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Cerberus Heatwave: Hot Weather Sweeps Across Southern Europe

A heatwave is sweeping across parts of southern Europe and north-west Africa, with potential record-breaking temperatures in the coming days.

Temperatures are expected to surpass 40C (104F) in parts of Spain, France, Greece, Croatia and Turkey.

In Italy, temperatures could reach as high as 48.8C (119.8F). A red alert warning has been issued for 10 cities, including Rome, Bologna and Florence.

On Tuesday, a man in his forties died after collapsing in northern Italy.

Italian media reported that the 44-year-old worker was painting zebra crossing lines in the town of Lodi, near Milan, before he collapsed from the heat. He was taken to hospital where he later died.

“We are facing an unbearable heatwave,” Italian politician Nicola Fratoianni tweeted.

“Maybe it’s the case that in the hottest hours, all the useful precautions are taken to avoid tragedies like the one that happened today in Lodi.”

People have been advised to drink at least two litres of water a day and to avoid coffee and alcohol, which are dehydrating.

One group of tourists on the streets of Rome told the Reuters news agency they were using sprinklers and thermal water as part of efforts to keep themselves cool.

“We’re trying to survive,” said Mariko Desso, who was visiting from the southern city of Bari.

Several visitors to the country have already collapsed from heatstroke, including a British man outside the Colosseum in Rome.

The Cerberus heatwave – named by the Italian Meteorological Society after the three-headed monster that features in Dante’s Inferno – is expected to bring extreme conditions in the next few days.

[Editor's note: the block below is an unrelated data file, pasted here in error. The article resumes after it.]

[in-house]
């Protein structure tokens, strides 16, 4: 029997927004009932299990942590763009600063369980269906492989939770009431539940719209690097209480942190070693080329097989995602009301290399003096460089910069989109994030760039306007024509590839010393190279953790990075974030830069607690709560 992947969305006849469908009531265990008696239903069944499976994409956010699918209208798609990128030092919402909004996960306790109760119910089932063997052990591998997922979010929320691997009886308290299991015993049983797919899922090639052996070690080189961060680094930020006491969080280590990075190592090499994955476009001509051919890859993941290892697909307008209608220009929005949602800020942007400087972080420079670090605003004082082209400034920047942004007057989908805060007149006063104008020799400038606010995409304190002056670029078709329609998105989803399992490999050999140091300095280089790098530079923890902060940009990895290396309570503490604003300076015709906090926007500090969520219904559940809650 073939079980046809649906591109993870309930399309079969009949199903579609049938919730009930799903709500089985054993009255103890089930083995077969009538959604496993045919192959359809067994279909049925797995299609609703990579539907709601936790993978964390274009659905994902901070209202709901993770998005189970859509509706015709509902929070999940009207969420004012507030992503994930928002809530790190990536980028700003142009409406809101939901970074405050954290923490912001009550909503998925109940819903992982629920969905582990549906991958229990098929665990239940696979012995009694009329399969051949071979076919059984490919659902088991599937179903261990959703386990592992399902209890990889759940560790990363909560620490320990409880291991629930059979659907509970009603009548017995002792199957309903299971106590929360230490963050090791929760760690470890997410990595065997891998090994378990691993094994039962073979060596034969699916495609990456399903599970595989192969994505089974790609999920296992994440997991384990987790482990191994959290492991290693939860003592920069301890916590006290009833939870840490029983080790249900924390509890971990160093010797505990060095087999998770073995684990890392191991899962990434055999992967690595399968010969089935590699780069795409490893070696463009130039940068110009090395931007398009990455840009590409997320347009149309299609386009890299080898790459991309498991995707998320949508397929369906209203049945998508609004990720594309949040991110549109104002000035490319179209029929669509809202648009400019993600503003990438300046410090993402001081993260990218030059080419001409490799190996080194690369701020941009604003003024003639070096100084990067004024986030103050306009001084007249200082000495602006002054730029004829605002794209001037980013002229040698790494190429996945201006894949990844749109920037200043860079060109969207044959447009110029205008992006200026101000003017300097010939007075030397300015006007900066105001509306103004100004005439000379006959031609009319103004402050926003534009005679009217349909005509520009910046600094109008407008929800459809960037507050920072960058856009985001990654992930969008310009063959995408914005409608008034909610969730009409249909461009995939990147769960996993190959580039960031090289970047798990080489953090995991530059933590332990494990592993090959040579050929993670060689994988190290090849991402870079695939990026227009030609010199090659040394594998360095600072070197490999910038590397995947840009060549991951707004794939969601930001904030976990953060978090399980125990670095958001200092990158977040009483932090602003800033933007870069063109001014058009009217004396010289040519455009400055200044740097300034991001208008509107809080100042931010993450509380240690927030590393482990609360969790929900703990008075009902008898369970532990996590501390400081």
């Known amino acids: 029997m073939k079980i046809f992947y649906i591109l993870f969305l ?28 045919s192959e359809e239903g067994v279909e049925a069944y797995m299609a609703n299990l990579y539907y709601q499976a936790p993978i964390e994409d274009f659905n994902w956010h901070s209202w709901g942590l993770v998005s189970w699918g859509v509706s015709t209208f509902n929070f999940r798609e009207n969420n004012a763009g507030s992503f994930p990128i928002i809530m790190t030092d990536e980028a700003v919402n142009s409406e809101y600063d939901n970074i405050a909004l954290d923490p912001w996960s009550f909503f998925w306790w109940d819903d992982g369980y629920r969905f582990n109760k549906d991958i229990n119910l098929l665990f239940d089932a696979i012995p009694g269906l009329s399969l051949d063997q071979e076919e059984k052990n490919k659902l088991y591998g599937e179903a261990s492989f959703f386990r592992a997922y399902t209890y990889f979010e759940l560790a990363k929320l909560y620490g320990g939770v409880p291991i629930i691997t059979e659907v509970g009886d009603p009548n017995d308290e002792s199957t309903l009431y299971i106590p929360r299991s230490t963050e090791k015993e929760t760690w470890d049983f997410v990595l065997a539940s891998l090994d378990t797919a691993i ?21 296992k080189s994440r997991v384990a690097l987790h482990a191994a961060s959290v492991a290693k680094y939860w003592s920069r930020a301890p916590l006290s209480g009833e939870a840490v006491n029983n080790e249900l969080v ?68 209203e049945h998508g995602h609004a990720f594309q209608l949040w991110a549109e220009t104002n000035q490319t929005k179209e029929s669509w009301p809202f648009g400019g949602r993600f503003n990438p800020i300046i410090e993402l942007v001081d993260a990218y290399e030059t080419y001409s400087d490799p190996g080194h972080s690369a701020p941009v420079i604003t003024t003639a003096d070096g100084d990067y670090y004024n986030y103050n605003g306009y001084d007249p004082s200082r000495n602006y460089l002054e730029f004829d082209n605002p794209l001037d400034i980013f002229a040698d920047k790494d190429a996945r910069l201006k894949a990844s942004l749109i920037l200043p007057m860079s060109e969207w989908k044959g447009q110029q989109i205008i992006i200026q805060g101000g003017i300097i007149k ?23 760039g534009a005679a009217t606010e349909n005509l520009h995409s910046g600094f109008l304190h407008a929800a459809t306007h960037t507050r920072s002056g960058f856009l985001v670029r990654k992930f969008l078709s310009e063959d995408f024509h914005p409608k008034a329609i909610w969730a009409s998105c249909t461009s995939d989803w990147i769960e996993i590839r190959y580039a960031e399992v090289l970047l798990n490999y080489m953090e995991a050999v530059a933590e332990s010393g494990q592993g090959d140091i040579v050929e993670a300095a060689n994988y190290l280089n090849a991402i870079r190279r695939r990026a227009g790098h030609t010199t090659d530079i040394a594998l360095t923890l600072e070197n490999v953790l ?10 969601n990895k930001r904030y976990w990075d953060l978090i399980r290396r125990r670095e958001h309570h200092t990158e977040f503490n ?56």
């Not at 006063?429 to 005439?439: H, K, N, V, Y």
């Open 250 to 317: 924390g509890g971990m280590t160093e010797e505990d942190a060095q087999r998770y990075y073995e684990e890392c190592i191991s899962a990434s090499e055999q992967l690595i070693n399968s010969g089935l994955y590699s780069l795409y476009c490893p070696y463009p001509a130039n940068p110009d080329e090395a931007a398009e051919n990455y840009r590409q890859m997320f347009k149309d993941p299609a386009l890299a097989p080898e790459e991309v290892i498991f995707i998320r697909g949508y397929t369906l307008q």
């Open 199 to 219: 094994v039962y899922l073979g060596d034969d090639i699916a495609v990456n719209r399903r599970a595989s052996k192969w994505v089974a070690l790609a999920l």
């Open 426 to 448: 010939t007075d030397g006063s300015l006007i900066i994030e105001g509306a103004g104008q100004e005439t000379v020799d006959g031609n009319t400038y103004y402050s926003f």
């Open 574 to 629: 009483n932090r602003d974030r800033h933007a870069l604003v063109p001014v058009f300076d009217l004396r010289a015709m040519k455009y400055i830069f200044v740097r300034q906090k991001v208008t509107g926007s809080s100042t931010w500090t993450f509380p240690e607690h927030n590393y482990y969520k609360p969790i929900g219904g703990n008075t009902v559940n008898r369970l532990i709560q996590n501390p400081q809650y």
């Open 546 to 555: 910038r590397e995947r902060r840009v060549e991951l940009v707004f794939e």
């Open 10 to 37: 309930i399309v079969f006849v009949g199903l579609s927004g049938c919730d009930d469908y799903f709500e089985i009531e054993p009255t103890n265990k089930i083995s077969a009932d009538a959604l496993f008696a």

Spain has been sweltering for days in temperatures of up to 45C and overnight temperatures in much of the country did not drop below 25C. Parts of Majorca on Wednesday were as high as 37C at 04:00.

The Andalusian regional government has started a telephone assistance service for people affected by the heat which has received 54,000 calls since it opened in early June. On the Spanish island of Majorca, the emergency health hotline has had to deal with more than one case of heatstroke every day since May.

A satellite image recorded by the EU’s Copernicus Sentinel mission revealed that the land temperature in the Extremadura region had hit 60C on Tuesday.

“It is true that the temperatures have risen, but much, much higher than in other years,” Madrid resident Alejandrina Coy told Reuters.

“I see that this is affecting everyone a lot.”

“The weather is becoming less and less linear, there is less difference between the seasons,” said Paz Llanes, another resident.

The Met Office says temperatures will peak on Friday, and BBC Weather says large swathes of southern Europe could see temperatures in the low to mid 40s – and possibly higher.

The heat is likely to continue into the weekend, and in Prague, the Czech capital, temperatures could reach as high as 36C (96.8F) on Saturday, according to BBC Weather – well up from averages of 24C (75.2F) in July.

But as Cerberus dies out, Italian weather forecasters are warning that the next heatwave, dubbed Charon after the ferryman who delivered souls into the underworld, will push temperatures back up towards 43C in Rome and a possible 47C on the island of Sardinia.

Europe’s hottest-ever temperature of 48.8C (119.8F) was recorded near Syracuse on the Italian island of Sicily in August 2021.

A new study says 61,672 people died in Europe as a result of the heat last year. ISGlobal Institute in Barcelona said Italy had most deaths that could be attributable to the heat, with 18,010, while Spain had 11,324 and Germany 8,173.

The fear is that this heatwave could cause many more deaths this summer.

ISGlobal’s research shows that that the cities in Spain with the highest risk of deaths caused by the heat are Madrid, Barcelona, Valencia, Sevilla, M√°laga, Murcia, Palma de Mallorca and Bilbao.

A heatwave is a period of hot weather where temperatures are higher than is expected for the time of year.

Experts say periods of exceptionally hot weather are becoming more frequent and climate change means it is now normal to experience record-breaking temperatures.

The European Centre for Medium-Range Weather forecasts said that globally, this June was the hottest on record.

Source : BBC

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